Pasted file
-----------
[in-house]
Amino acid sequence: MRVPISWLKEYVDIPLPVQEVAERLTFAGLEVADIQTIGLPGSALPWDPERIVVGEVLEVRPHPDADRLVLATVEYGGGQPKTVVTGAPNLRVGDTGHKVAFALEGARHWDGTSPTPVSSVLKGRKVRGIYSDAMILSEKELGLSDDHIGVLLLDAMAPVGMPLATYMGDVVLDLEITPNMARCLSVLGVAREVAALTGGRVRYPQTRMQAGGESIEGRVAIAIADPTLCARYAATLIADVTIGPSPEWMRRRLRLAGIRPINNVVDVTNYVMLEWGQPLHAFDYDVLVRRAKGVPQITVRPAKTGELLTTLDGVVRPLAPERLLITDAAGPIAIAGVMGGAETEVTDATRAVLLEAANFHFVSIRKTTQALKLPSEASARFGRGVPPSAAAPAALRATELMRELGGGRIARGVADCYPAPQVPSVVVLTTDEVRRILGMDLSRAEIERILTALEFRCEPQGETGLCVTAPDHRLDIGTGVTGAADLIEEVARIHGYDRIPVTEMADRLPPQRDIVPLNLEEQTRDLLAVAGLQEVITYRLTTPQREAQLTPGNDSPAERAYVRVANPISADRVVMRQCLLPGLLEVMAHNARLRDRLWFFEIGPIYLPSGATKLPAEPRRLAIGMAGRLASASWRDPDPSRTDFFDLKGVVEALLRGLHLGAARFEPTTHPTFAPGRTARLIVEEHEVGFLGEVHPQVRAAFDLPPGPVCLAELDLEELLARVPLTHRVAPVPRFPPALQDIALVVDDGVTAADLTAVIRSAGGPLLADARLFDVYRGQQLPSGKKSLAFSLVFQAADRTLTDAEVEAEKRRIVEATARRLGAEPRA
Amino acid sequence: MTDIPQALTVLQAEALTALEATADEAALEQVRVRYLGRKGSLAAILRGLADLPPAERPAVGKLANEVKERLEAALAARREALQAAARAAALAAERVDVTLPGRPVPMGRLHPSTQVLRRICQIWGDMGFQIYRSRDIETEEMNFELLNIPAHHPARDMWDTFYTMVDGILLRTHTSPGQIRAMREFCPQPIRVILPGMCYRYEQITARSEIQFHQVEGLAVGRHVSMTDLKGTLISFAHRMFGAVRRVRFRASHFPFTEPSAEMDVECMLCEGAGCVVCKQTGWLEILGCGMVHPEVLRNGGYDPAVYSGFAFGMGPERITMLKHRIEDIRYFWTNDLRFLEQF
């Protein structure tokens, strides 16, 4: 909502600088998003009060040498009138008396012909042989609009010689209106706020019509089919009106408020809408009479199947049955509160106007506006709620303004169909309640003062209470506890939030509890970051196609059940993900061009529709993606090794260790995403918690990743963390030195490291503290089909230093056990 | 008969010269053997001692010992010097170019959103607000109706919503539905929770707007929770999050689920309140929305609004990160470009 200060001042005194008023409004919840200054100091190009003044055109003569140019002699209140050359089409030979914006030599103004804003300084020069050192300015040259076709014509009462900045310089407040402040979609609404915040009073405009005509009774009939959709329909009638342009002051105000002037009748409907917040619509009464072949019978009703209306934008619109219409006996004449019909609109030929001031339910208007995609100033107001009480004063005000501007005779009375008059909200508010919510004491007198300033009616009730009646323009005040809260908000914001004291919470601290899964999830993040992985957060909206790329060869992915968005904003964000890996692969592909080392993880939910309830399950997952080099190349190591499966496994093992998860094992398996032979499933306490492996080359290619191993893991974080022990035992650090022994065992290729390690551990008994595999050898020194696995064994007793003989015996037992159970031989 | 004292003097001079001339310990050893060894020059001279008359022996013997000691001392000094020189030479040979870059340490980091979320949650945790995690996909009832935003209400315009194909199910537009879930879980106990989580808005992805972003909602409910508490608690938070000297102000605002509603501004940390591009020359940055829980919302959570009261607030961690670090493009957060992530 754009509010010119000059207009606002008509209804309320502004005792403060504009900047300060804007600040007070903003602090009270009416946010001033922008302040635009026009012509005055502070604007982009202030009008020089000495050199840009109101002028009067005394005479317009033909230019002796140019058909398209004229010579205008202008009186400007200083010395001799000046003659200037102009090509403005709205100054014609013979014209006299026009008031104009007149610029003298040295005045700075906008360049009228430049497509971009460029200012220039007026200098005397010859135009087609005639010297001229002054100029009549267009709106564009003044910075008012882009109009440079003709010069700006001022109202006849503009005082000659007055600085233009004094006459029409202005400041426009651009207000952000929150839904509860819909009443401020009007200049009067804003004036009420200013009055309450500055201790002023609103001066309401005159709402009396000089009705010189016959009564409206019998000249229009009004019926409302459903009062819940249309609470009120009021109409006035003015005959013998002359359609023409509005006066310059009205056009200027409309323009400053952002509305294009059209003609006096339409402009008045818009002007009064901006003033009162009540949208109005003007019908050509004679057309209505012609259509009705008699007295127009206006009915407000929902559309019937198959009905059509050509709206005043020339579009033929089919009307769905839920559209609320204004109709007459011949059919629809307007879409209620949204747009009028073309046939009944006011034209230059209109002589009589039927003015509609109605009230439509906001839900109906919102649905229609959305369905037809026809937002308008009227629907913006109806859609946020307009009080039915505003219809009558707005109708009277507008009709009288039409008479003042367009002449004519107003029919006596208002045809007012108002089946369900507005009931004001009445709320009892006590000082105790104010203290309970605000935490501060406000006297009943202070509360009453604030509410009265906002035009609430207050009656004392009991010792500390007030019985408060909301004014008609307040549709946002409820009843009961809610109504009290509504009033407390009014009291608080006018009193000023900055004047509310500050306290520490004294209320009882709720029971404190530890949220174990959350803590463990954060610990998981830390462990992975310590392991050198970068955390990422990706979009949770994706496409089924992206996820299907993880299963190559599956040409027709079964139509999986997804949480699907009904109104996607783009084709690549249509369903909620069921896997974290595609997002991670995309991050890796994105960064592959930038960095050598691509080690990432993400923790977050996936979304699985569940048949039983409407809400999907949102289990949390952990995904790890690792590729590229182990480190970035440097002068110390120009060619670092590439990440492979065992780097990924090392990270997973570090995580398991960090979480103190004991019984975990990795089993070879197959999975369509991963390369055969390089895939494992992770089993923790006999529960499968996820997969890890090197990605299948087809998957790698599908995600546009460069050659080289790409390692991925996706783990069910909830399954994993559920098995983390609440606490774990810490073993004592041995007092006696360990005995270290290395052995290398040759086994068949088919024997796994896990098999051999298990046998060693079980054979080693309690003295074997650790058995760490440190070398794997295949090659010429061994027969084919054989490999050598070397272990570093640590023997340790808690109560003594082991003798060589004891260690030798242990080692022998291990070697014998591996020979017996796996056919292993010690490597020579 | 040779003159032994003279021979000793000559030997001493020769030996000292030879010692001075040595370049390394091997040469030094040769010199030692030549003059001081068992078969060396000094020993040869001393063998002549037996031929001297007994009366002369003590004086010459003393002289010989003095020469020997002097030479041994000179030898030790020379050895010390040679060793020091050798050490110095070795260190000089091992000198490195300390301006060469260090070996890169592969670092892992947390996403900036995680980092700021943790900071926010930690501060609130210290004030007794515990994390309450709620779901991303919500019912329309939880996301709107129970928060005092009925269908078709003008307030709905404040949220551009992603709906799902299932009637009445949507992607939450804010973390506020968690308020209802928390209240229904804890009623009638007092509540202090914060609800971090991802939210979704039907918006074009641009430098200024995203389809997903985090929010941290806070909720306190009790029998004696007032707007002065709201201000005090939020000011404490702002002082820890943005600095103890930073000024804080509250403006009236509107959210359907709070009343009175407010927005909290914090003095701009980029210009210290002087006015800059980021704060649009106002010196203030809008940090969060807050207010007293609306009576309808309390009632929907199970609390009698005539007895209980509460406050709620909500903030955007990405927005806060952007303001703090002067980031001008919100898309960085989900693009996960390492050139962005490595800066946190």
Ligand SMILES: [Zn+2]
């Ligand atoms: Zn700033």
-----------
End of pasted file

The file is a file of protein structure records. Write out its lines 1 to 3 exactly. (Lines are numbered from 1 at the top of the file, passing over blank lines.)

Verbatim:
[in-house]
Amino acid sequence: MRVPISWLKEYVDIPLPVQEVAERLTFAGLEVADIQTIGLPGSALPWDPERIVVGEVLEVRPHPDADRLVLATVEYGGGQPKTVVTGAPNLRVGDTGHKVAFALEGARHWDGTSPTPVSSVLKGRKVRGIYSDAMILSEKELGLSDDHIGVLLLDAMAPVGMPLATYMGDVVLDLEITPNMARCLSVLGVAREVAALTGGRVRYPQTRMQAGGESIEGRVAIAIADPTLCARYAATLIADVTIGPSPEWMRRRLRLAGIRPINNVVDVTNYVMLEWGQPLHAFDYDVLVRRAKGVPQITVRPAKTGELLTTLDGVVRPLAPERLLITDAAGPIAIAGVMGGAETEVTDATRAVLLEAANFHFVSIRKTTQALKLPSEASARFGRGVPPSAAAPAALRATELMRELGGGRIARGVADCYPAPQVPSVVVLTTDEVRRILGMDLSRAEIERILTALEFRCEPQGETGLCVTAPDHRLDIGTGVTGAADLIEEVARIHGYDRIPVTEMADRLPPQRDIVPLNLEEQTRDLLAVAGLQEVITYRLTTPQREAQLTPGNDSPAERAYVRVANPISADRVVMRQCLLPGLLEVMAHNARLRDRLWFFEIGPIYLPSGATKLPAEPRRLAIGMAGRLASASWRDPDPSRTDFFDLKGVVEALLRGLHLGAARFEPTTHPTFAPGRTARLIVEEHEVGFLGEVHPQVRAAFDLPPGPVCLAELDLEELLARVPLTHRVAPVPRFPPALQDIALVVDDGVTAADLTAVIRSAGGPLLADARLFDVYRGQQLPSGKKSLAFSLVFQAADRTLTDAEVEAEKRRIVEATARRLGAEPRA
Amino acid sequence: MTDIPQALTVLQAEALTALEATADEAALEQVRVRYLGRKGSLAAILRGLADLPPAERPAVGKLANEVKERLEAALAARREALQAAARAAALAAERVDVTLPGRPVPMGRLHPSTQVLRRICQIWGDMGFQIYRSRDIETEEMNFELLNIPAHHPARDMWDTFYTMVDGILLRTHTSPGQIRAMREFCPQPIRVILPGMCYRYEQITARSEIQFHQVEGLAVGRHVSMTDLKGTLISFAHRMFGAVRRVRFRASHFPFTEPSAEMDVECMLCEGAGCVVCKQTGWLEILGCGMVHPEVLRNGGYDPAVYSGFAFGMGPERITMLKHRIEDIRYFWTNDLRFLEQF